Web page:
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Reviewed: Beeline Moto satnav

Beeline 2

Beeline is doing to navigation what iPhone did to phones: making it simple, desirable, and good looking. And it still does the job, too.

The way it works is simple. You have a phone app that does all the clever navigation stuff, and a small 1” display that shows you which way to go. You are reliant on the phone signal when planning the route. However, if you lose signal while riding, the Beeline will still get you there, although if you take a wrong turn, it will guide you back to where you left the route rather than re-route as it would with the signal available.

There’s no way a simplified system like this can have all the functionality of a big old satnav, but if you can live without audio guidance, traffic alerts and suchlike, the Beeline will still get you to your destination, as well as offer route planning and recording, gpx imports and exports, saved routes and places, and the other basics of navigation.

 

Beeline_3

 

The Moto unit is specifically designed for motorcycles and has two navigation modes: Route Mode when you need precise guidance, or Compass Mode when you just want to know the rough direction to head for and the freedom to explore. You have two further options within the route mode, and you can select ‘fast’ or ‘fun’ routing. Similar to the big satnavs, selecting the ‘fun’ option turned my 40-minute ride on the A1 into 1 hour and 15 minutes on smaller roads. There are also options to avoid highways, toll roads and ferries.

Beeline has made the whole process of using the system very simple. You download the app to your phone, link it with the display, and you’re ready to start navigating, planning and recording your rides. As the phone runs the navigation through the app, there is some strain on the battery, but because the phone screen is not needed, and the separate little display does the job, it’s not as bad on the phone battery as mounting your phone on the bike and using its own screen to navigate. Beeline claims 30 hours of battery life for the display, but what your phone can cope with naturally depends on its own battery.

The IP67 waterproof and shockproof display can be mounted on standard handlebars with the mount that’s provided with it, or you can buy other mounts suitable for clip-on bars or scooters. The unit is quick to mount and remove, and small and light enough to easily slip in your pocket. Using the display takes a little getting used to, but all the information is there in a very simplified way. You get the instructions of which way to go, how far you are from the next turn, and how much further you are from your destination.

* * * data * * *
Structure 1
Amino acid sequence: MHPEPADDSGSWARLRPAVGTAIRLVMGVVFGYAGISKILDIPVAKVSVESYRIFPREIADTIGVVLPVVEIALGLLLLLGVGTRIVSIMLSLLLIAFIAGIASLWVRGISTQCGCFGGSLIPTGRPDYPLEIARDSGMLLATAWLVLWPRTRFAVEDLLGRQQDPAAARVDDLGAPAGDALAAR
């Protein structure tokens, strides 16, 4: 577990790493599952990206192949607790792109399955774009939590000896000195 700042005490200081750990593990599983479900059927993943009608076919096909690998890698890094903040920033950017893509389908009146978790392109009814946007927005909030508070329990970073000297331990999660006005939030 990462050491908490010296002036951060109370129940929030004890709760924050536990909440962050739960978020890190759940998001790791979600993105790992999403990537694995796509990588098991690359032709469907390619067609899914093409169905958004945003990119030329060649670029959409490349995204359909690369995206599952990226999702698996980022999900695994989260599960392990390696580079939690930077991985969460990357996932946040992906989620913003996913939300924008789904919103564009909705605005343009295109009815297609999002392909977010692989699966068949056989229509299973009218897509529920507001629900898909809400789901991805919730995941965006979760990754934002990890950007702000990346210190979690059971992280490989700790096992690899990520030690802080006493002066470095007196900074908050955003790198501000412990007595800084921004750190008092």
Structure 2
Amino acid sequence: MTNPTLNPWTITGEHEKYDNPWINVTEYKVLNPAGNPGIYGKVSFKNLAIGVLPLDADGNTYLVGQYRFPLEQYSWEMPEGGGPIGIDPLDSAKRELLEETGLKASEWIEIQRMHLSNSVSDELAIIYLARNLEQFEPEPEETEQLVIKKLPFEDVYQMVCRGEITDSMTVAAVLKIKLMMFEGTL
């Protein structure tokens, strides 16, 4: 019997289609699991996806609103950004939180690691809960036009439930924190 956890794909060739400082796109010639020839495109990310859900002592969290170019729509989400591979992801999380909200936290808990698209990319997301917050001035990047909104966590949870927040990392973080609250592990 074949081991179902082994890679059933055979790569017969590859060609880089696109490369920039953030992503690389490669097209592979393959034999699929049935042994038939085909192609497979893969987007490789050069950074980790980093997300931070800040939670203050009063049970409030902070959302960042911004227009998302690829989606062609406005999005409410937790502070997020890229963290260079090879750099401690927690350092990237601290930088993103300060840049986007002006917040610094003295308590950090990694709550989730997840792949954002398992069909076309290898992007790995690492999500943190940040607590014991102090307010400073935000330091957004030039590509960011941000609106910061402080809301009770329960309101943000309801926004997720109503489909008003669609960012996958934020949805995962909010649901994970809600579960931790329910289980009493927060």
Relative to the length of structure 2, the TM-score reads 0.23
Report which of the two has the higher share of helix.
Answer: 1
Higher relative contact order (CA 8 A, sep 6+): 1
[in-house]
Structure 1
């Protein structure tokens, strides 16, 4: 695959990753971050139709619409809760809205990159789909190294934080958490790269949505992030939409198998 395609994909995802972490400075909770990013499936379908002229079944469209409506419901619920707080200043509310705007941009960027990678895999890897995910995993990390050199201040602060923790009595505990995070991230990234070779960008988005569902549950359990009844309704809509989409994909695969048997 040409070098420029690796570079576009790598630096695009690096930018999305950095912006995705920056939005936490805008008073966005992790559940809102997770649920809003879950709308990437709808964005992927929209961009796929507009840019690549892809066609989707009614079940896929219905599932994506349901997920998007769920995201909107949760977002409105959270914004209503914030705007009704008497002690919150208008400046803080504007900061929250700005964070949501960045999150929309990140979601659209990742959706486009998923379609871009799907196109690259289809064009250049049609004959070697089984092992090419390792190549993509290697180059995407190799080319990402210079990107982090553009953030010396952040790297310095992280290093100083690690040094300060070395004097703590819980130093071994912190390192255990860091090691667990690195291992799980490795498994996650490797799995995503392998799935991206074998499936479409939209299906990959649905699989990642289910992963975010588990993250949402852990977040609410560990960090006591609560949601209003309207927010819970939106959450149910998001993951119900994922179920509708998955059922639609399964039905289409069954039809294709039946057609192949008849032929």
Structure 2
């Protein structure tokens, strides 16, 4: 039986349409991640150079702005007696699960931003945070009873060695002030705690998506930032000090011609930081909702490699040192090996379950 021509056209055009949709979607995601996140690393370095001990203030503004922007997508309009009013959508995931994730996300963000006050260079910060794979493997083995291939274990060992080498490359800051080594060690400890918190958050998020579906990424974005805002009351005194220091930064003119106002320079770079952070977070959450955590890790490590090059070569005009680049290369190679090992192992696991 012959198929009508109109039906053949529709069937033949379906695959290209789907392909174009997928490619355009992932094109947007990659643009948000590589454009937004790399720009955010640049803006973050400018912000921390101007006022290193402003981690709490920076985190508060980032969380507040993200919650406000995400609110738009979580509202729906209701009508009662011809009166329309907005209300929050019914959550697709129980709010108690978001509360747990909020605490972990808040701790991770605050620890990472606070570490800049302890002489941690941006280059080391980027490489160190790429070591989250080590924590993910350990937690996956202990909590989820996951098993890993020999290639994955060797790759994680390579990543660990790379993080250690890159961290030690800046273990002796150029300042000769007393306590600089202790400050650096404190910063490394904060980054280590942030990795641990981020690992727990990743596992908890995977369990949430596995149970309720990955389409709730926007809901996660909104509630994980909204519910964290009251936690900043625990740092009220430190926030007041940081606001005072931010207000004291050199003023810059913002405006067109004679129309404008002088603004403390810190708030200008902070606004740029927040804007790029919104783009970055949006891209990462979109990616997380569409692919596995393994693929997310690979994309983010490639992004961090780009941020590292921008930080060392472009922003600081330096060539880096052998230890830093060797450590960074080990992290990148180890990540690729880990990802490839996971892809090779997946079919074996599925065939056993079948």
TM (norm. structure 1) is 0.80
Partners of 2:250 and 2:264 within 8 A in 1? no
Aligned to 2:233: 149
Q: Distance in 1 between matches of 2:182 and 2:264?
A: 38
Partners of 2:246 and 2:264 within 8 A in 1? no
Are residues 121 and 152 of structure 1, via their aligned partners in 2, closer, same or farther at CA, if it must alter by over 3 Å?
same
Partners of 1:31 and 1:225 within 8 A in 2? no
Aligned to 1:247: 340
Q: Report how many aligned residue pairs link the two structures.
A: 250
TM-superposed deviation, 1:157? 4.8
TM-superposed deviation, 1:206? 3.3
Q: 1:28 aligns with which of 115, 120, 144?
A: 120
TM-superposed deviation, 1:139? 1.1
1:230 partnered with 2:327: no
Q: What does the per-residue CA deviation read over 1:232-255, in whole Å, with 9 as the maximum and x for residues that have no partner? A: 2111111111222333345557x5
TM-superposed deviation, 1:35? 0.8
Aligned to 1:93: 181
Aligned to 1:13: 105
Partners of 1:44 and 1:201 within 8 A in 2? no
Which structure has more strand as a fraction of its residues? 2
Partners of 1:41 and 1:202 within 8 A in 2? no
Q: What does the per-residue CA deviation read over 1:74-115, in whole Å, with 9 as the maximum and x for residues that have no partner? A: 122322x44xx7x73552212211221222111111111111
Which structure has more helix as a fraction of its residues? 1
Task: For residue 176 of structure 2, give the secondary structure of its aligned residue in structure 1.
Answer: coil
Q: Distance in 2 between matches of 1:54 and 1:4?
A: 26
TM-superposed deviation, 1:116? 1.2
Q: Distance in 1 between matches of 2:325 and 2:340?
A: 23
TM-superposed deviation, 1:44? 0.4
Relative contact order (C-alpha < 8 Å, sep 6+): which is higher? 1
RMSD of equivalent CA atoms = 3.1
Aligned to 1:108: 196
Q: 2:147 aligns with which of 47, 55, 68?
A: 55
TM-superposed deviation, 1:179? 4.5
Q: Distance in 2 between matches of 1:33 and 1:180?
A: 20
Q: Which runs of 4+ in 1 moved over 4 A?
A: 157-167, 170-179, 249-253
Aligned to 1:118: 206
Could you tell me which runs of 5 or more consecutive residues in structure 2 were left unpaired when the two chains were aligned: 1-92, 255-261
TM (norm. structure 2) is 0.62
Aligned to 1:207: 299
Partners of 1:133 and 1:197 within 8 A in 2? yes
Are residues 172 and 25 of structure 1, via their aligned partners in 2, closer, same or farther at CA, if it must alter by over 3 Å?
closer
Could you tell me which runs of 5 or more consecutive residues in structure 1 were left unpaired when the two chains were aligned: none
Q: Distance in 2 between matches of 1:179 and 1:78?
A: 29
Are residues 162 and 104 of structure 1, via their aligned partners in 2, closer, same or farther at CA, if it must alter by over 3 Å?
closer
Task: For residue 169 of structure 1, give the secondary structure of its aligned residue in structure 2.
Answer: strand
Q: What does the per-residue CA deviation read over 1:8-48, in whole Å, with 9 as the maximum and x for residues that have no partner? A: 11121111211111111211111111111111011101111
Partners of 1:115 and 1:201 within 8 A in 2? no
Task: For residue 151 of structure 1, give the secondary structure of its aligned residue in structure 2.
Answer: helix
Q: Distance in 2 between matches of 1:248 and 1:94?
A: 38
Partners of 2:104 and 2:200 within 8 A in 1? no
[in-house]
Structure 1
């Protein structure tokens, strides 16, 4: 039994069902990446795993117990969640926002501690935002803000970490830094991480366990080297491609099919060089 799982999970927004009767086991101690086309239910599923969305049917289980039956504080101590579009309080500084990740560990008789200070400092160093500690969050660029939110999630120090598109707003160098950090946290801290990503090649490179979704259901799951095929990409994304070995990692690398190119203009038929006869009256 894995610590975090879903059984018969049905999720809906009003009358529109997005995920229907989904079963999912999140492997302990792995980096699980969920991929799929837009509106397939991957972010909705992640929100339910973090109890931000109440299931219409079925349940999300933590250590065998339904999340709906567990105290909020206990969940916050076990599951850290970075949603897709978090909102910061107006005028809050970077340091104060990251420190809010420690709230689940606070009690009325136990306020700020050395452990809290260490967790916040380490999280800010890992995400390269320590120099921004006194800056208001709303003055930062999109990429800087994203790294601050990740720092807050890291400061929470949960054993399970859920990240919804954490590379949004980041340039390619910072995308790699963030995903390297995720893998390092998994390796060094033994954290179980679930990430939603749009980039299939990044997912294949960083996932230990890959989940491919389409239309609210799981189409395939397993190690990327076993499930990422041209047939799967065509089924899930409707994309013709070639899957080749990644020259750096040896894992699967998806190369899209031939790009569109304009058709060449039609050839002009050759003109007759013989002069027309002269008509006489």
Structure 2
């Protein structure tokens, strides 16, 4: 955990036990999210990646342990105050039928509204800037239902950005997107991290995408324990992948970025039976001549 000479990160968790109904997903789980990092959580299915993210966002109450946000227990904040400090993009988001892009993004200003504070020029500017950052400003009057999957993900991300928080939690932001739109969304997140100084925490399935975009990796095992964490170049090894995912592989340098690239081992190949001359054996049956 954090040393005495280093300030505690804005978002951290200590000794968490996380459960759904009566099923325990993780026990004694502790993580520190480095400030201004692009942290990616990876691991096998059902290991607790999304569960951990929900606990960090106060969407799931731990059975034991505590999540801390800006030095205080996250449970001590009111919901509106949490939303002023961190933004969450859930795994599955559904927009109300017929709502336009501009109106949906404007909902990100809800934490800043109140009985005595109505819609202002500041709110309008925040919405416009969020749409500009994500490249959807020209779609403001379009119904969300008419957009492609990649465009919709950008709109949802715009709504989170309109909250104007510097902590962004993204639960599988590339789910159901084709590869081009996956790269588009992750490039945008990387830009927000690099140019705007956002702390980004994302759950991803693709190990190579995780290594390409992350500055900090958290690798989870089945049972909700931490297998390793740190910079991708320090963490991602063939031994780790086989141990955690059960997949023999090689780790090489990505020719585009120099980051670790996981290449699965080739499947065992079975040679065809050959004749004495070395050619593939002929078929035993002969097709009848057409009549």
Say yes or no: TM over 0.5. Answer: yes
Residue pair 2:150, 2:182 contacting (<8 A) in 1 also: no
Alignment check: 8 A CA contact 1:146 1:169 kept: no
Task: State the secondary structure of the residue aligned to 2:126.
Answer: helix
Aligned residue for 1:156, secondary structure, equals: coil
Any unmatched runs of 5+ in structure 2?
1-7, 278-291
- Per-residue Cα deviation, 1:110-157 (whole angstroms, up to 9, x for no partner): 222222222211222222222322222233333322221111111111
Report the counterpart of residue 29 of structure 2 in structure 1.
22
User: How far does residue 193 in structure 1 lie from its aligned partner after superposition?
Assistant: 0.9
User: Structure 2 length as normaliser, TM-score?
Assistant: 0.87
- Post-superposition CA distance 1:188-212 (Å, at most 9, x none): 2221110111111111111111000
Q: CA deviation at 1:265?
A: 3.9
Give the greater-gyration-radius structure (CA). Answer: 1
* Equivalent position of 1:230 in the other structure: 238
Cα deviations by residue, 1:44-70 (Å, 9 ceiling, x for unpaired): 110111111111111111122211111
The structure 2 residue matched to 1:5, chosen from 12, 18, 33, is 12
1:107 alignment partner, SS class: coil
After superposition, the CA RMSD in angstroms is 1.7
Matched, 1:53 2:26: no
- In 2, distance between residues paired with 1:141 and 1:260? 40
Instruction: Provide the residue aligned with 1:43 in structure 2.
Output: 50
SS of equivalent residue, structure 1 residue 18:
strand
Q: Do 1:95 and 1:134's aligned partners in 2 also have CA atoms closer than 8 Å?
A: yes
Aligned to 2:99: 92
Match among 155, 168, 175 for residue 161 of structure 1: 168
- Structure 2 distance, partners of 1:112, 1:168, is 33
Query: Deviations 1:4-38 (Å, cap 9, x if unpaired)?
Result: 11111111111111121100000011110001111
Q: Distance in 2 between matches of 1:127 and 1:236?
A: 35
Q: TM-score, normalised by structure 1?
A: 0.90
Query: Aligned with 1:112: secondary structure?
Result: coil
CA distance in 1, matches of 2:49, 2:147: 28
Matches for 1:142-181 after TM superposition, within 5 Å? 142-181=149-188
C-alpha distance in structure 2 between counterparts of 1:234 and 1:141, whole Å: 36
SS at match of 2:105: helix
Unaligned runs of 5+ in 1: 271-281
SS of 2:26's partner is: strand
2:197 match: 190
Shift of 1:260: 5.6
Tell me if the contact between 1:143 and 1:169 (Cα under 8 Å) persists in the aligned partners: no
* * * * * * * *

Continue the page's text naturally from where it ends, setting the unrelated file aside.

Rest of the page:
Beeline_2

 

There are two ways to look at the Beeline Moto: you can focus on the limitations (in which case you need the Garmin or Tomtom), or you can marvel at how much this tiny little thing can do. Relying on the phone app and not having all the data stored in the unit has its downsides, but the simplicity and user-friendliness of the device go a long way too. With Beeline, you have your little display on the bike, so you don’t need a phone mount like you would with a purely phone-based satnav such as Calimoto.

In practice, you will find your way perfectly fine in most situations, although massive multi-lane junctions and other complex surroundings can cause confusion. It helps if you have a rough idea of where you are heading, so you can double-check lane choices from signposts, but most of the time this is not necessary.

 

Key details:

Price:                           £169.99

Display:                   1" (2.6cm) LCD with LED backlight

Waterproofing:           IP67 rated

Battery life:              Without backlight: 30 hours, With backlight: 10 hours, Blended: 20 hours

Maps:                          Worldwide coverage, uses online maps

Storage:                       Only for routes

Contact:                       https://beeline.co/pages/beeline-moto 

 

What’s in the box:

  • Beeline Moto
  • USB/power cable
  • Sticky pad mount
  • Universal strap mount
  • Quickstart guide

 

Other satnavs reviewed:

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